The slow movement is played with ample detail, but sounds just a little bit detached. The phrasing is just a little bit too rigid, lacking a sort of “lyric curvaceousness”. The interpretation does not “smile” enough… it is just somewhat too serious. In fact, come to think of it, it might be fair enough to say that the movement is too much like the way the Fourth is played. Technically though, this is not a bad reading – there are many details to be heard.

What is not satisfactory is the finale – it is quite literally unimpressive. The introduction sounds tired, compared to other versions, and though the pacing of the horns in the “Swan Hymn” is good, they sound just a tad weary. The difficult punctuating phrase from the double-basses sound very ugly here (granted, this isn’t the only performance where this is a flaw). Sakari plays down and does not exploit the majestic modulation into C major in the famous climax of the “Swan Hymn” – there is neither the profuse surging energy of Vänskä’s reading, the Olympian splendour of Segerstam’s Chandos recording or the noble grace of Berglund on Royal Classics. When the passage is over, one does not feel as if the modulation has taken place at all. When one compares this to more joyous, magnificent interpretations – it is difficult to recommend this Fifth, if only because the “Swan Hymn” is such a crucial point with collectors of this symphony. Thankfully, the conclusion is magnificent, bringing back the atmosphere and orchestral power that this team displayed in the first movement. The final five hammer blows are very nicely spaced out.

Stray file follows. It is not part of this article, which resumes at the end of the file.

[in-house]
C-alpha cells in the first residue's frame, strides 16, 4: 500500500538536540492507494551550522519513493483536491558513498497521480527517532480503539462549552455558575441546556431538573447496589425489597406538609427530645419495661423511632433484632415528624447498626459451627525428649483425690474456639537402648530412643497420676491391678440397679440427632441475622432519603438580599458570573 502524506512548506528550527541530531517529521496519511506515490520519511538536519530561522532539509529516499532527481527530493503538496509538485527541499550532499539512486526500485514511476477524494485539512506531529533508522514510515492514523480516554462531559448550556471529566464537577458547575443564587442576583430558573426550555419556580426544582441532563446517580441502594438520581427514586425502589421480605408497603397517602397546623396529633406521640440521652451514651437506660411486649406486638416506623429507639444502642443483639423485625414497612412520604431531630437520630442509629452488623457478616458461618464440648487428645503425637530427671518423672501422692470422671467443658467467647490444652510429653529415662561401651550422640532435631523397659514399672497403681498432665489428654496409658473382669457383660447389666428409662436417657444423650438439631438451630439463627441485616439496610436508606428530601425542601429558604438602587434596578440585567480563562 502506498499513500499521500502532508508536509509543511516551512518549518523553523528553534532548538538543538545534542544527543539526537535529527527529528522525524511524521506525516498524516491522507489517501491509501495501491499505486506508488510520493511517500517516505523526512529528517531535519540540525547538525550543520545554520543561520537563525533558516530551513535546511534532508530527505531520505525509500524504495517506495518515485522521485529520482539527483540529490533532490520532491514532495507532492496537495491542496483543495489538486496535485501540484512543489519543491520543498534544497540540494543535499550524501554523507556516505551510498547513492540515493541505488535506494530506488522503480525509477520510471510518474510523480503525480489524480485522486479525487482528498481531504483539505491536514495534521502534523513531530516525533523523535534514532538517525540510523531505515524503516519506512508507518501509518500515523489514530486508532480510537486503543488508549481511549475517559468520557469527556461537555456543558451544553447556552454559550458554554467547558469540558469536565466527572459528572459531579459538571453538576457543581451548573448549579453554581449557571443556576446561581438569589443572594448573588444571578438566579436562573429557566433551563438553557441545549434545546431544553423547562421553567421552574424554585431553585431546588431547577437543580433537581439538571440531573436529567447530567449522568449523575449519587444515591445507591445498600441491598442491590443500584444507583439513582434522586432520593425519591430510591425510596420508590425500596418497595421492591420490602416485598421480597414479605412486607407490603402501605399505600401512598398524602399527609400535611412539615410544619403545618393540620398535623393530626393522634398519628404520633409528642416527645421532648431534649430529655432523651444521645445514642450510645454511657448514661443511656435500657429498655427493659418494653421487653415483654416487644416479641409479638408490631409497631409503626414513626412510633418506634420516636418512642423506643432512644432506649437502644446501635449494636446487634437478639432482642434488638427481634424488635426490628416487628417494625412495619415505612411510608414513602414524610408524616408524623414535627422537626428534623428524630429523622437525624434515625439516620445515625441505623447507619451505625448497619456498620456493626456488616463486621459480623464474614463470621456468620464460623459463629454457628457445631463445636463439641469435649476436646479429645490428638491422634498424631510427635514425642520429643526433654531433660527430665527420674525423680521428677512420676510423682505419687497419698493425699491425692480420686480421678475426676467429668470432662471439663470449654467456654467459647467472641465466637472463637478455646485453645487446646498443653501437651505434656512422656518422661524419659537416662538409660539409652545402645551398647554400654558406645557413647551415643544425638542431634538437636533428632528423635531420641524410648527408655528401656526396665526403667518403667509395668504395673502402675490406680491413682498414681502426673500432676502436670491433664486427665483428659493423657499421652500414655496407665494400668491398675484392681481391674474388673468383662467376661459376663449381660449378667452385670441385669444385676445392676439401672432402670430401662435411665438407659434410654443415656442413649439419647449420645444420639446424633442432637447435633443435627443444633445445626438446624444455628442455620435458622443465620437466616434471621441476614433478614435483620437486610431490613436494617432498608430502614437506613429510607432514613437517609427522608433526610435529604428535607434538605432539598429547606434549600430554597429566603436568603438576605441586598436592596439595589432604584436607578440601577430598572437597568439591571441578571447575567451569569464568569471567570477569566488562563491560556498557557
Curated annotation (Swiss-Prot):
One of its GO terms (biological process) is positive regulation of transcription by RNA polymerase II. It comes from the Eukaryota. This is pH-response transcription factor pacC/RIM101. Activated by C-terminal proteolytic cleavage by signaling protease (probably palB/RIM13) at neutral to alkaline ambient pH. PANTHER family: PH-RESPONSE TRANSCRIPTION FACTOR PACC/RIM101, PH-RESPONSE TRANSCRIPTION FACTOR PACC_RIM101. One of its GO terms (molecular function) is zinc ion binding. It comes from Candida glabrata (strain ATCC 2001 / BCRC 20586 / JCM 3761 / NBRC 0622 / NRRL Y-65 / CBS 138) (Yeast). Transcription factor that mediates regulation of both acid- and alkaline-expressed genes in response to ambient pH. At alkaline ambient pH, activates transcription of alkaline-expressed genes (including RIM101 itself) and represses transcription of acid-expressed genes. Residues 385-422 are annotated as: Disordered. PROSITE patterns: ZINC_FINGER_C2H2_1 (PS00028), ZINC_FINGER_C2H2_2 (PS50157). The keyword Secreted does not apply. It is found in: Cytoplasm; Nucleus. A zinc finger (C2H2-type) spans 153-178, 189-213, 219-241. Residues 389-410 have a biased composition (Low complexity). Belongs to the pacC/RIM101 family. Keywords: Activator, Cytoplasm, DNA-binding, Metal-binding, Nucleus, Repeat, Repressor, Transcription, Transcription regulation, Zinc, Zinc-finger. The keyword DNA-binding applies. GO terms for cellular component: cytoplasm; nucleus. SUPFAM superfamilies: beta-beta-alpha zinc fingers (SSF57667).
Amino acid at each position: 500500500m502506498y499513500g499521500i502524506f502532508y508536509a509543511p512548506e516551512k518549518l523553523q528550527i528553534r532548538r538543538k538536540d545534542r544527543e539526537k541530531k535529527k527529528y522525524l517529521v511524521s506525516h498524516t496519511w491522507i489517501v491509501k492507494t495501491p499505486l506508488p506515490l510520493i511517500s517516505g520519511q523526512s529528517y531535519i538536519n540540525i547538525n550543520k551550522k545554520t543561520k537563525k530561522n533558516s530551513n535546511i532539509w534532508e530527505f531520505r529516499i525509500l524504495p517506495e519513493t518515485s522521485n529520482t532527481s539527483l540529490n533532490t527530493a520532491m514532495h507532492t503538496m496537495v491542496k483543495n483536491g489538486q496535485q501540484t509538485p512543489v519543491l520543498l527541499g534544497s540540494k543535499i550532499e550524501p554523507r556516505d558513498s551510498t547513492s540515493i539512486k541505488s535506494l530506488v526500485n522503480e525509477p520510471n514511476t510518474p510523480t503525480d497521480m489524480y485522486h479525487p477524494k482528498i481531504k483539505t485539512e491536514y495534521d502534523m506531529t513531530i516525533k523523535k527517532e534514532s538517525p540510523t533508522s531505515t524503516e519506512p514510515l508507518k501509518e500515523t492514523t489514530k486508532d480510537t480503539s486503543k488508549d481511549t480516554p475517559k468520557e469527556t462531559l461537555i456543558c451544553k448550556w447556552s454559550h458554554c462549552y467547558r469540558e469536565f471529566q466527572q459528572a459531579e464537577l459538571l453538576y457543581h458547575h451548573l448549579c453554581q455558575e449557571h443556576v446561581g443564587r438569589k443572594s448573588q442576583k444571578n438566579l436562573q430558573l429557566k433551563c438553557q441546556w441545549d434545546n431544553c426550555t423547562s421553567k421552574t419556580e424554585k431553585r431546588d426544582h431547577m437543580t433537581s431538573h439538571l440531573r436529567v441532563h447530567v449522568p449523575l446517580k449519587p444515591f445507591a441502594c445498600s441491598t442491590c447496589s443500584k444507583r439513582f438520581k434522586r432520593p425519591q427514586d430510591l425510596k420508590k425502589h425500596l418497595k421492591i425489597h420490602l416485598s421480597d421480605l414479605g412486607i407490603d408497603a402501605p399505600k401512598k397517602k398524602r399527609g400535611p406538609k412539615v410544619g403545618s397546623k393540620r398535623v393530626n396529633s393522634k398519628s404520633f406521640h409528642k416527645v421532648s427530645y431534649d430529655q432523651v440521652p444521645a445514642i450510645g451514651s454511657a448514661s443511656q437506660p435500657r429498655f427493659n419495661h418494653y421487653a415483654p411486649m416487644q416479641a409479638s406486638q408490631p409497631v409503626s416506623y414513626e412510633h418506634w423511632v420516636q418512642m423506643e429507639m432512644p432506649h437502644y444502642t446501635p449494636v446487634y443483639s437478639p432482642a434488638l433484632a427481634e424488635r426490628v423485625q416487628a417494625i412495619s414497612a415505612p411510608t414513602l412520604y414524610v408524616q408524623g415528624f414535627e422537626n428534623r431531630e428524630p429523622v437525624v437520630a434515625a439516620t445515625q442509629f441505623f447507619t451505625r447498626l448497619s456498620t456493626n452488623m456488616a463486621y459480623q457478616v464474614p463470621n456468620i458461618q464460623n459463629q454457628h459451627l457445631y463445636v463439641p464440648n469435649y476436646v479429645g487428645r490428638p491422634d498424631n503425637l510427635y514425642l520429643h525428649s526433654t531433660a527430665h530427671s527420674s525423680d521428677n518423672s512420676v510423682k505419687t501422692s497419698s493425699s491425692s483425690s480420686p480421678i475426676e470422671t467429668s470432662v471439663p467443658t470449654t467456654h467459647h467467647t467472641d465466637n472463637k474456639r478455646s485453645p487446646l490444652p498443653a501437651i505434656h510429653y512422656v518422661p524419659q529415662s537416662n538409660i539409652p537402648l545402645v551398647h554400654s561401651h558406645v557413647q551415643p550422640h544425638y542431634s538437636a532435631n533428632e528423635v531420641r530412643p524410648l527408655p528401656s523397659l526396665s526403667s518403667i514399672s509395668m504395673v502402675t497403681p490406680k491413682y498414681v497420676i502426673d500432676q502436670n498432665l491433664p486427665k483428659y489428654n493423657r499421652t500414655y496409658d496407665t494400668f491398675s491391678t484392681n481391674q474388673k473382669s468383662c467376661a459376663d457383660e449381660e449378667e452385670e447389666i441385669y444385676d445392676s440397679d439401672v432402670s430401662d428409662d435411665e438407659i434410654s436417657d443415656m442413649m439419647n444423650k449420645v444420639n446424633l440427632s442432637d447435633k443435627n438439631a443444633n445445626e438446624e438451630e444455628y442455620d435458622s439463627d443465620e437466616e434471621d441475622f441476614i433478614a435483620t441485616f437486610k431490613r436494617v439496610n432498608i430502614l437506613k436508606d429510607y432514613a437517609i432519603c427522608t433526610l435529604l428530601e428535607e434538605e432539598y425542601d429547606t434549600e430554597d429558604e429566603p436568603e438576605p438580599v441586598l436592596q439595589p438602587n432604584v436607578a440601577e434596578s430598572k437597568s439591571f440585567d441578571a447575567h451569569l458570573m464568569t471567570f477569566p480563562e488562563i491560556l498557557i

In conclusion – it is a little unfortunate that of the seven movements on this disc, the most popular one is the least satisfactorily performed. As I have suggested, if you are specifically looking for a good version of the Fifth (in particular of the finale), I do not recommend this. But I like this Fourth – the icy, and somehow uniquely “light” approach and evocative performance is very interesting. Add to this the powerful delivery of various parts of the Fifth, this disc remains recommendable.